As fresh violence engulfs Iraq, the officials in charge of its government pressed a major meeting of donor nations here on Monday for billions of dollars in new financing to repair a country that remains in a state of physical and economic collapse.
But in a finely balanced argument, the Iraqi officials also said their country and its fledgling financial institutions were stable and secure enough to manage the influx of that much money.
In fact, those officials said, now is the time for local Iraqi governments to take the lead in setting priorities for rebuilding out of the hands of foreign nations, and for Iraqi contractors to carry out virtually all of the work with local labor.
Some of those pleas were answered when Japan reached what the Iraqi planning minister, Barham Salih, said were the outlines of an agreement to provide $3.5 billion in low-interest loans for water, sewage, road and other projects. The World Bank also announced that it had offered Iraq up to $500 million in similar loans over the next two years.
Mr. Salih, whose ministry functions as a kind of switchyard for rebuilding funds, made it clear that he was disappointed in major portions of the American rebuilding program, which he said had failed to produce quick results despite the expenditure of about $9 billion, according to Pentagon figures.
After formulaic declarations by officials at the United Nations and the World Bank that the first day of the conference had been a success, Mr. Salih gave a blunter assessment.
“I want to hold judgment and claim success once we see these pledges turned into realities on the ground,” Mr. Salih said, adding that the rebuilding effort had roughly six months to show results before Iraqis began giving up hope that it would ever improve their lives.
“This is the time to make the difference,” he said. “It is now or it will be too late. Iraq’s people have grown numb to many statements of support.”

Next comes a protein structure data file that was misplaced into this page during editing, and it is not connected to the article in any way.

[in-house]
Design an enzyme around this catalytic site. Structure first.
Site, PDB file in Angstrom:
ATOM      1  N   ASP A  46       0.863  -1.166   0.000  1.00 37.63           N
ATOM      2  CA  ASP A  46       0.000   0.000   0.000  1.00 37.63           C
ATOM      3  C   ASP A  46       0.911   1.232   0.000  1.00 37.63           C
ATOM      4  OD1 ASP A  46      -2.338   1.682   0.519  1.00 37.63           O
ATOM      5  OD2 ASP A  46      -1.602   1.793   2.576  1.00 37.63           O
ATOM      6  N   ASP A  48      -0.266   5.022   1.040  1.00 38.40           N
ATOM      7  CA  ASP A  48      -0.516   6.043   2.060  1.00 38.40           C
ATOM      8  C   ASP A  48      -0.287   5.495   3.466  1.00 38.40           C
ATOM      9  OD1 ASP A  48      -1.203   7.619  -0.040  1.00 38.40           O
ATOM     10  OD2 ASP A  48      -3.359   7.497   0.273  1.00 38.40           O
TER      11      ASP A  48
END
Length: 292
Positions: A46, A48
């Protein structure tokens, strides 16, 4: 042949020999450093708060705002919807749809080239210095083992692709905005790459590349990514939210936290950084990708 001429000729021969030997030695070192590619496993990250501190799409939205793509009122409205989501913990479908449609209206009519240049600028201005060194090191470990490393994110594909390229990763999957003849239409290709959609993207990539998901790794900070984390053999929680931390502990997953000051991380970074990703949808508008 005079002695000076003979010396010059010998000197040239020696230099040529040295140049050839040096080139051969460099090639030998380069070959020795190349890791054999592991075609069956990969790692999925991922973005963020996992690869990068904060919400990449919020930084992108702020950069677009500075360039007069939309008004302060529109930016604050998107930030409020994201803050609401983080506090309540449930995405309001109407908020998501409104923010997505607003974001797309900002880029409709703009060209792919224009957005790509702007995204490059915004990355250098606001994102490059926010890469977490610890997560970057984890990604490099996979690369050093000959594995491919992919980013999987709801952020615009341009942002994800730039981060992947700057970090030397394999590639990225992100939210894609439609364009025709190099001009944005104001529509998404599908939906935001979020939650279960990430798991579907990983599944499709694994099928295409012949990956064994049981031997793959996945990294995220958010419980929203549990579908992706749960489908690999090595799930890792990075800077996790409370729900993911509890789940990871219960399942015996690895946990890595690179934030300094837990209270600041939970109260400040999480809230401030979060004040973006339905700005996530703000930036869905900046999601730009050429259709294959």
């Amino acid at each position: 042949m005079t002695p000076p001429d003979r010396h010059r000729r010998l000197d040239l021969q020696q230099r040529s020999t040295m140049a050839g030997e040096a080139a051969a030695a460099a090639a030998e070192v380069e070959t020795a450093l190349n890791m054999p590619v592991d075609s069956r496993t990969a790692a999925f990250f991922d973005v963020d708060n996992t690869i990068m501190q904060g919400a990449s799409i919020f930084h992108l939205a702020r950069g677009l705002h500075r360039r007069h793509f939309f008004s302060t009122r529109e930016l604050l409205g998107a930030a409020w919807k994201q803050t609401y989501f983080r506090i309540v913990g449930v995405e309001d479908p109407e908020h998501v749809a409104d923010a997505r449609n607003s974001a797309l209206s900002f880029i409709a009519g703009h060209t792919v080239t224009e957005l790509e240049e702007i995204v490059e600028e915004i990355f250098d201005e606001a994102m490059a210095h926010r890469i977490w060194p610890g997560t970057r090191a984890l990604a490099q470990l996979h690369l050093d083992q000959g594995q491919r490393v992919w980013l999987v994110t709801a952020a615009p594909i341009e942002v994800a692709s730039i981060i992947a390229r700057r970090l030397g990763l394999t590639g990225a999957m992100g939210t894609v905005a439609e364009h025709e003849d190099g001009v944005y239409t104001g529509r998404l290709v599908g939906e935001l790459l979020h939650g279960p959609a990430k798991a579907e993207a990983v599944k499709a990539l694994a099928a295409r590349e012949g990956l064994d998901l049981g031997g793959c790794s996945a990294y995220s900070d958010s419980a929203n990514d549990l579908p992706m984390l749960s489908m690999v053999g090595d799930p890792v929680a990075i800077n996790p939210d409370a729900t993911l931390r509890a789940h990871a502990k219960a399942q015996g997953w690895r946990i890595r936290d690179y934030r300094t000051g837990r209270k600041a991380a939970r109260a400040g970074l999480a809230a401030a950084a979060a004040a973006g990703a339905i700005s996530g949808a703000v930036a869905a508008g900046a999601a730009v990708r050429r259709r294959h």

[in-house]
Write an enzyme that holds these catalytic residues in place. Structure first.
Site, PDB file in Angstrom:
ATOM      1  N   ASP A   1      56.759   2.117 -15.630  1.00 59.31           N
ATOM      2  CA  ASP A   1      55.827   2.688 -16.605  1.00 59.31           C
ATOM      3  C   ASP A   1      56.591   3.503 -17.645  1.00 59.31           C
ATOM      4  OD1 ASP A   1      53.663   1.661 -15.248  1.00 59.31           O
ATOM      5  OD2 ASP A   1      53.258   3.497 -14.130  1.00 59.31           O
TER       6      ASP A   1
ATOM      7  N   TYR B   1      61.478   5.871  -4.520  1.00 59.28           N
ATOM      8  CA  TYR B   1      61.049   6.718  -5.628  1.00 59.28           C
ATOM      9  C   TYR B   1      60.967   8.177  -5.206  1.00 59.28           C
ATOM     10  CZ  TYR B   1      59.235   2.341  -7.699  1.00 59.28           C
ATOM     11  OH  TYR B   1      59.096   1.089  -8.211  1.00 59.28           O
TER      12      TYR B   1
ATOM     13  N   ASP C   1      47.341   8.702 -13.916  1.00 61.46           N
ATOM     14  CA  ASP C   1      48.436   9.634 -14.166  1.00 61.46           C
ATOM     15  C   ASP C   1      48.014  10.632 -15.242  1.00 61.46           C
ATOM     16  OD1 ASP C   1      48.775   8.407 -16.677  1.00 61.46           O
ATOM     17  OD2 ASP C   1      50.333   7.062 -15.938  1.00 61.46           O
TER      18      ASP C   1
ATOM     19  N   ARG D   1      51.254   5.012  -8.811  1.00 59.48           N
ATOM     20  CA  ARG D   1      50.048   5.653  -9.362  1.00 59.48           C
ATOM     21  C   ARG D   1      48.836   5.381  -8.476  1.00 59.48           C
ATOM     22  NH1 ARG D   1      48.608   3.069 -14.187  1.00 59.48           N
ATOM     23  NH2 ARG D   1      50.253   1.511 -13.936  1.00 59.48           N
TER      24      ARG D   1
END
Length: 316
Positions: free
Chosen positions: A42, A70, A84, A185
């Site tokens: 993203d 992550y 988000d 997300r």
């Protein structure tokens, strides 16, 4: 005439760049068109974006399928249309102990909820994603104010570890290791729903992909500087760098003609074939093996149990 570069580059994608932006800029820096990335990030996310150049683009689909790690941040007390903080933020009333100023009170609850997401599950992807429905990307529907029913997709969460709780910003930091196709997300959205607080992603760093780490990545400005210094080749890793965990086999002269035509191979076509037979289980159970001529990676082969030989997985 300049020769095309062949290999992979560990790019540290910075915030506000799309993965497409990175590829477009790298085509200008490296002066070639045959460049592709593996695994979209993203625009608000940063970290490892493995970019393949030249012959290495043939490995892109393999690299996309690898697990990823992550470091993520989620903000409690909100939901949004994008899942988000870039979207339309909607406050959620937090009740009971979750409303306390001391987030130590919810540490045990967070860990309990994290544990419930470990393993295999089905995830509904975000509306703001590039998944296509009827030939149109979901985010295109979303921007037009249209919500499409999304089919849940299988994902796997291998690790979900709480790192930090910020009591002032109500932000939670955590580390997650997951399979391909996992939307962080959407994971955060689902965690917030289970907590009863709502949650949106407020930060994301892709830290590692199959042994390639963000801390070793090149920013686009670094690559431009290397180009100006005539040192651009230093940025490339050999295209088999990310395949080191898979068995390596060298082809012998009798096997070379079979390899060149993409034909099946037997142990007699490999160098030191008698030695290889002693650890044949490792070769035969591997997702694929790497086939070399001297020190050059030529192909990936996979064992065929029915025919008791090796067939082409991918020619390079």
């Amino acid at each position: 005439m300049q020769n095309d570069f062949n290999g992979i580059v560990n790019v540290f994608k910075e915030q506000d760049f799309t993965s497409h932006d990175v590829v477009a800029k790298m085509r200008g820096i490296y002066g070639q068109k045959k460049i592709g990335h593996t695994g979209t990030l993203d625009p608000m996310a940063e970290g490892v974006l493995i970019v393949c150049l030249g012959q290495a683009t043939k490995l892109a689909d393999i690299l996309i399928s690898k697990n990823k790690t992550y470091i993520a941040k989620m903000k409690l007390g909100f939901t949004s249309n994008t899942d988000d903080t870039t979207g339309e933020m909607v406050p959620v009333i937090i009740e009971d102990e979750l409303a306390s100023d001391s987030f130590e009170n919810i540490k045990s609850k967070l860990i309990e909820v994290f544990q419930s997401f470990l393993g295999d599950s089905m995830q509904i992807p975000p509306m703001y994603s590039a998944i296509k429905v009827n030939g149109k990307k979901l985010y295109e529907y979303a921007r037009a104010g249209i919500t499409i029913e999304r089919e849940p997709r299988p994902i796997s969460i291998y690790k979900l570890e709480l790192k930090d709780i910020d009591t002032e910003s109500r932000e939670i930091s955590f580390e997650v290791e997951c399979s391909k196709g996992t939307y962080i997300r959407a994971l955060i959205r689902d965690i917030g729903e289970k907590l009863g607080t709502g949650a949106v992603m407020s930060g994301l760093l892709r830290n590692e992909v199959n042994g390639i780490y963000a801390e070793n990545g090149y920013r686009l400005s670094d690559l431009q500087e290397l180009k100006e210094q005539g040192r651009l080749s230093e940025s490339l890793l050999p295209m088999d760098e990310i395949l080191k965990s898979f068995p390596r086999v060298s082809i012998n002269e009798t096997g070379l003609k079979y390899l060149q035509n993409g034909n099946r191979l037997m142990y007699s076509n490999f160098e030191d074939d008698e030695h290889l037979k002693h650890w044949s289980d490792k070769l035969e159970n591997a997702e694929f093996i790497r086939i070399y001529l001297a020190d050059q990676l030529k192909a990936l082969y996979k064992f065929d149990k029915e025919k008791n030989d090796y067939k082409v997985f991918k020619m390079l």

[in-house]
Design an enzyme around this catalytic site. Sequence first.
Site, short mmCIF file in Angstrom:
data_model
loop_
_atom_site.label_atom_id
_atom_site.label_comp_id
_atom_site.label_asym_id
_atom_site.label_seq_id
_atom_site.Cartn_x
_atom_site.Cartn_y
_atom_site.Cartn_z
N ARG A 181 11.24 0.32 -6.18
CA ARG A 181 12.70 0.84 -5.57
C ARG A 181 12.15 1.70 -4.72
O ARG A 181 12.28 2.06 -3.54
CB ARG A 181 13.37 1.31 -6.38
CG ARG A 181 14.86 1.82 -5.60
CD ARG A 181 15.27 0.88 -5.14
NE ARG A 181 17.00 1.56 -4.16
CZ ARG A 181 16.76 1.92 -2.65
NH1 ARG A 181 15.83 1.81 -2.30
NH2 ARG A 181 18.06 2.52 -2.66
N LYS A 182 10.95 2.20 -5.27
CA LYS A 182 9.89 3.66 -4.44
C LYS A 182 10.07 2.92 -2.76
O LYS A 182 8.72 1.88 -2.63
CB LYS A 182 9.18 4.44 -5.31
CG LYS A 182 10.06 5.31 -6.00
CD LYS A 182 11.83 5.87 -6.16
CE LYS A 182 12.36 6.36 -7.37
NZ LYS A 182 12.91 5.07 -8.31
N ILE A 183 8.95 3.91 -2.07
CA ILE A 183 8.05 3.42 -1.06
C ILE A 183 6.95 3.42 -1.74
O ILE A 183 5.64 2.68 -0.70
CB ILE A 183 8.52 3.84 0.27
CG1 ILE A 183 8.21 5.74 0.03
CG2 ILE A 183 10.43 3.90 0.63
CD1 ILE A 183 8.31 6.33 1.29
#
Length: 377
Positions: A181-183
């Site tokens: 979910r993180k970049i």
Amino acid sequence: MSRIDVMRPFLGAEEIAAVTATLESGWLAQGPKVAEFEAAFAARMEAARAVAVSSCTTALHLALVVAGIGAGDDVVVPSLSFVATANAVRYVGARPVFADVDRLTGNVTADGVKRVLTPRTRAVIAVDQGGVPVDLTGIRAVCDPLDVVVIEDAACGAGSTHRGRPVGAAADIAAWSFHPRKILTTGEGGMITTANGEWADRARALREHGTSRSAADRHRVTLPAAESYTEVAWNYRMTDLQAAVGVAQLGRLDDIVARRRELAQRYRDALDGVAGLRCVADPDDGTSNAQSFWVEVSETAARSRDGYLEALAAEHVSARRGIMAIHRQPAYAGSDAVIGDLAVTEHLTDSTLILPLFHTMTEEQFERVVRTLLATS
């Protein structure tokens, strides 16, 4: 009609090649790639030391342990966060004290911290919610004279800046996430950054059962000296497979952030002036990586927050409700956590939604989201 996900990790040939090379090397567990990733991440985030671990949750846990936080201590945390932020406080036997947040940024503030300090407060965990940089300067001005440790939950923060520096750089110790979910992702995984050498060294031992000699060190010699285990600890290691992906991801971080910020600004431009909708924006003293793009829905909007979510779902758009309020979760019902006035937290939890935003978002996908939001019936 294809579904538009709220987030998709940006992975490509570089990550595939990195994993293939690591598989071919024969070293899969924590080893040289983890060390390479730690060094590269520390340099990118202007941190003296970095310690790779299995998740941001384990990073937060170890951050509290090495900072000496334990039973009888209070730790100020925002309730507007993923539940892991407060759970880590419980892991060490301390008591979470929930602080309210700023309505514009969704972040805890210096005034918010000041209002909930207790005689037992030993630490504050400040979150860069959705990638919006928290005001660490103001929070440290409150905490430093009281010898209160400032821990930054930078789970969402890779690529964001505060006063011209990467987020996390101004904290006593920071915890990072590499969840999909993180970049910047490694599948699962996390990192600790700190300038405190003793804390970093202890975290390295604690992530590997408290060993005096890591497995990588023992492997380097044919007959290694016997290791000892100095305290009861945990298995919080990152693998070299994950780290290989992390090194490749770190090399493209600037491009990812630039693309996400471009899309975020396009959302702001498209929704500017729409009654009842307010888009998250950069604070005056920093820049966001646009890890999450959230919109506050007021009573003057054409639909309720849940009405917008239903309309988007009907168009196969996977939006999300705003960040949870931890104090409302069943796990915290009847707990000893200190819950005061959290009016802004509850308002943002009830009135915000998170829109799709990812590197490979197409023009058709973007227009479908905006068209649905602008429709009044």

Staffan de Mistura, a United Nations representative at the gathering, held at a conference center next to the Dead Sea, agreed that “we are facing six crucial months” but argued that some programs had quietly been successful. For example, he said, water chlorination programs carried out by Iraqis have prevented major outbreaks of cholera amid the chaos of the insurgency.
“We cannot be, outside of this room, too loud about it, for reasons that you know,” Mr. Mistura said, referring to the danger that any project faces in Iraq if it is understood to be directed or financed by foreigners.
That concession captured what often seemed to be a paradox of the meeting: although the Iraqis were trying to persuade other countries that Iraq was safe and secure enough to carry out rebuilding projects, the meeting took place in the safety of Jordan rather than in Baghdad.
Much of the conference focused on $1.1 billion already placed in trust funds for Iraqi reconstruction by a number of countries around the world, led by Japan, the European Union and Canada. Japan’s contribution to those funds is the largest, about $350 million, said Michael Bell, chairman of the International Reconstruction Fund Facility for Iraq, which oversees the money.